Hans
05-08-2012, 03:47 PM   #8
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One final point... sure a faster lens lets in more light when wide open, but the depth of field is (mostly) constant across lenses for a given focal length and aperture. If your goal is to get an entire car in focus while standing near the car, you will have to stop down anyhow.

Regarding convention hall lighting... it looks bright only because your eyes have adjusted and have no other light to which to compare it.

05-08-2012, 05:58 PM   #9
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As everyone already mentioned the lens options, I'll suggest the fastest economical way.

Set your ISO higher.

3200 still looks good on a K-r. I've used 5000 when really necessary.

Yes you lose dyanamic range and colors get washed up as you go higher, but until you get a new lens, it's what you have at the moment :-)
05-08-2012, 06:31 PM   #10
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Oops, yeah, I forgot to list the other option for dealing with low-light: pump the ISO. Most of the downsides of high ISO can be ameliorated in PP. As I suggested: Noise can be somewhat fixed; motion blur can't. Contrast and saturation can be tweaked; lost shadow detail remains lost. And pumping ISO costs nothing. I like freebies.
05-08-2012, 06:44 PM   #11
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I would also suggest getting a tripod as the cheapest solution for a starter.
For my K200D last time I had the same issue, and tripod is not always permitted... after buying a fast prime, I have to say that it really open up my night time shots.
Noise reduction can be done PP, and I have to admit when using the K-R compared to my K200D, I could take photos in near darkness with the ISO range was so much greater than mine... so dont be shy having the iso higher.
05-08-2012, 07:10 PM   #12
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Shooting in RAW will also help, since you have much more exposure control in post.
05-08-2012, 07:14 PM   #13
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All the advise is good but what it actually takes varies from one situation to the next and depends of the kind of shot you're after. Take your car shots, for example. A f1.4 lens may give you faster shutter speed but somehow I feel you'll only get some of the car in focus. That may or may not matter.

Similarly with casual people shots at someones house. Take a waist up shot of two people offset in depth from the camera and only one will be in focus with that fast lens opened up. That may matter.

So having higher ISO capability is probably the better all-around solution giving you more aperture options. And the most economical option is a tripod or flash.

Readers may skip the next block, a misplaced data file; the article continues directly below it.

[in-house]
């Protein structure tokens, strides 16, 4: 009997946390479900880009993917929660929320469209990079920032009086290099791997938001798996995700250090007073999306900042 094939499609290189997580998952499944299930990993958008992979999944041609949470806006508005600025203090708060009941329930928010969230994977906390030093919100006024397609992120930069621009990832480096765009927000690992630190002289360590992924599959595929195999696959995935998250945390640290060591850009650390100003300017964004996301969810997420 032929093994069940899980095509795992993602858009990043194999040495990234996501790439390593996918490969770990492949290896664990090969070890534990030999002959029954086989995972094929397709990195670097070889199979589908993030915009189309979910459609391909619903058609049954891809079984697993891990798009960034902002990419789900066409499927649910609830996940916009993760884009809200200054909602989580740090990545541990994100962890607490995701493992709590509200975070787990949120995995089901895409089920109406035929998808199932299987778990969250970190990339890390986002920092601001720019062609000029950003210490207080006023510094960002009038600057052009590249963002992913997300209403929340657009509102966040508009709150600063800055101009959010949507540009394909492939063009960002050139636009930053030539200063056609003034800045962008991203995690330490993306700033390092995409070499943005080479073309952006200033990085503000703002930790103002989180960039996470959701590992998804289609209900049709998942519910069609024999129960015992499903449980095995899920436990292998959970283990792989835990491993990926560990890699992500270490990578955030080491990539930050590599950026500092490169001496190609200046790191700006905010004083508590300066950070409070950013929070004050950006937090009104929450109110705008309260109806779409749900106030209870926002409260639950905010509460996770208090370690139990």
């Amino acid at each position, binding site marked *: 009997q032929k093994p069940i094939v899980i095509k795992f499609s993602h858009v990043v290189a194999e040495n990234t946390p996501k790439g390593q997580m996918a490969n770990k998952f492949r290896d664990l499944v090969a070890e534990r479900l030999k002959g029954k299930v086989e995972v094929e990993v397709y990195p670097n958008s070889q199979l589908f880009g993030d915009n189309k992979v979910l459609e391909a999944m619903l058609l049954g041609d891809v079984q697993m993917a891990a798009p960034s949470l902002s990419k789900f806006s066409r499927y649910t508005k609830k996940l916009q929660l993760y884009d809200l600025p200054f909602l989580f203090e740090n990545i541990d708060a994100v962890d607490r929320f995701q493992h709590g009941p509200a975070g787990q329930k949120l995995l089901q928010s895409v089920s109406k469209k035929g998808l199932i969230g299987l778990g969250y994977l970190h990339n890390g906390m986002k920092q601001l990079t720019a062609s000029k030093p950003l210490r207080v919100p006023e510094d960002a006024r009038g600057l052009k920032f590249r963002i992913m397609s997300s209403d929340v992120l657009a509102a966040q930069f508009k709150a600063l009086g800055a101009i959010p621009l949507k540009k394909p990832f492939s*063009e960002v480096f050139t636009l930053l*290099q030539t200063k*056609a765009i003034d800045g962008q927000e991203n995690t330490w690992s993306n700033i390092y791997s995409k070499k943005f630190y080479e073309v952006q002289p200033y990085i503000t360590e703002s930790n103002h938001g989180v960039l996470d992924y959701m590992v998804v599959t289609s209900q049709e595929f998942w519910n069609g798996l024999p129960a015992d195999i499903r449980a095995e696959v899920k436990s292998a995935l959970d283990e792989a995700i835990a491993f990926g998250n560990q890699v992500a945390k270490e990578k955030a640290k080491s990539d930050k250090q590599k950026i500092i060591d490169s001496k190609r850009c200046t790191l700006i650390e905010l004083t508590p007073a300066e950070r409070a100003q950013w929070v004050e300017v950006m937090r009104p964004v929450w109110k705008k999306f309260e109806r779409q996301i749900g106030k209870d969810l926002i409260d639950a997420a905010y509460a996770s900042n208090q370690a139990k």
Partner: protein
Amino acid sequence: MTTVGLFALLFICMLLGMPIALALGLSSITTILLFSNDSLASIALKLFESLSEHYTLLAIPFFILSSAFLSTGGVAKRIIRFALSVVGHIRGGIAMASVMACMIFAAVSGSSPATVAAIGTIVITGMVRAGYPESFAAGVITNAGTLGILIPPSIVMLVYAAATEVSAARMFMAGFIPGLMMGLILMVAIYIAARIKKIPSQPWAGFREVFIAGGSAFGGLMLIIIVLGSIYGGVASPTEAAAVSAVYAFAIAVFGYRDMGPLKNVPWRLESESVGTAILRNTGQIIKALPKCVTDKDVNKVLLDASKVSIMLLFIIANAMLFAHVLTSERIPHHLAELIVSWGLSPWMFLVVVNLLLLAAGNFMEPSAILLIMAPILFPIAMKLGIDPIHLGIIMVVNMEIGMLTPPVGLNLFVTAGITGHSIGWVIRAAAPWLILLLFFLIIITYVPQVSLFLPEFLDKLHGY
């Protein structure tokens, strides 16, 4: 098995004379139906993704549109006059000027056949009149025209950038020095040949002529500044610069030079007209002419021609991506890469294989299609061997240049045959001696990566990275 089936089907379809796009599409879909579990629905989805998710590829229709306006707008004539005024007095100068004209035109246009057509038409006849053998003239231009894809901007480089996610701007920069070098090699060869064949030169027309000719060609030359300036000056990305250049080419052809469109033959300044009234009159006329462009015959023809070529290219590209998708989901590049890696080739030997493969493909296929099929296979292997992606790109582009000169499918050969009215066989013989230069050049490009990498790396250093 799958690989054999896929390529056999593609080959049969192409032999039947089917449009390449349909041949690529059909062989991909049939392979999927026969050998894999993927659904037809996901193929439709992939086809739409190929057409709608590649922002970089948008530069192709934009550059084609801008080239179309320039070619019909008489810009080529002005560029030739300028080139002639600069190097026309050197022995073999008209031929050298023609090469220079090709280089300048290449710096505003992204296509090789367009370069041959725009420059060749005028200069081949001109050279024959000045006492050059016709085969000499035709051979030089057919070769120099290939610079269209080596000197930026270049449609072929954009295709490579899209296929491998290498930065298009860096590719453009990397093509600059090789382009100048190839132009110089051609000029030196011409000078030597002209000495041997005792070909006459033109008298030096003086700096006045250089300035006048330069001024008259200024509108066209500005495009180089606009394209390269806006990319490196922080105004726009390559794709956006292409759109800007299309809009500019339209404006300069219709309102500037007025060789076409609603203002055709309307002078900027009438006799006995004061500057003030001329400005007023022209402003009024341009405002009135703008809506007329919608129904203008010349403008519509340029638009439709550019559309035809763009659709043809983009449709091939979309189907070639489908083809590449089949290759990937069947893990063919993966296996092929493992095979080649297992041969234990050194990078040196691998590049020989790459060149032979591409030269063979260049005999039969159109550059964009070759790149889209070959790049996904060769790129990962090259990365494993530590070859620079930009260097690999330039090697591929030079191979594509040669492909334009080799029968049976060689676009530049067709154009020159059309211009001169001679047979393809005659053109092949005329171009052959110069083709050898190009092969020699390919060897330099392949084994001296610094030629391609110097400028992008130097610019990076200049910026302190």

05-08-2012, 07:42 PM   #14
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QuoteOriginally posted by gixer1974 Quote
hi PF i hope you can answer a question for me, i have a K-R with the 18-55mm and 50-200mm kit lenses with take some pretty good pics when the light is nice and bright (i.e outdoors),
recently i went to an indoor car show although it was bright inside when taking pics of the cars at 200 iso they were coming out really dark so i upped the iso to get brighter pics and got upto iso 1600 which brightened things up,

now my question is if i invest in a new lens would that improve the low light pictures?

i was thinking of getting the Pentax 35mm f2.4 smc DA AL as i've read some fantastic reveiws on it plus i'm on a budget and this gets it to the top of my list


As stated having a faster lens will definately help. I shot a car show last summer it was indoors and lighting wasn't very good.

I posted a photo in another discussion on this site it was a 1917 Model T Truck on this site, take a look.

It was taken without flash @ISO 3200, f5.6, no sharpening or noise removal the only adjustment was an auto curves adjustment. I've shot up to ISO 6400 with good results using selective sharpening and noise removal techniques. I believe the EXIF is intact.

Forgot to mention that Auto WB was also used and although it was dark with mixed lighting, florescent and incandescent there was no problem with the Kr finding the proper WB.

Don't be afraid to up the ISO the Kr handles 3200 well and with some selective noise and sharpening you can get good results at ISO 6400
05-09-2012, 10:02 AM   #15
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Thanks for all the advice I'll try higher iso at the next show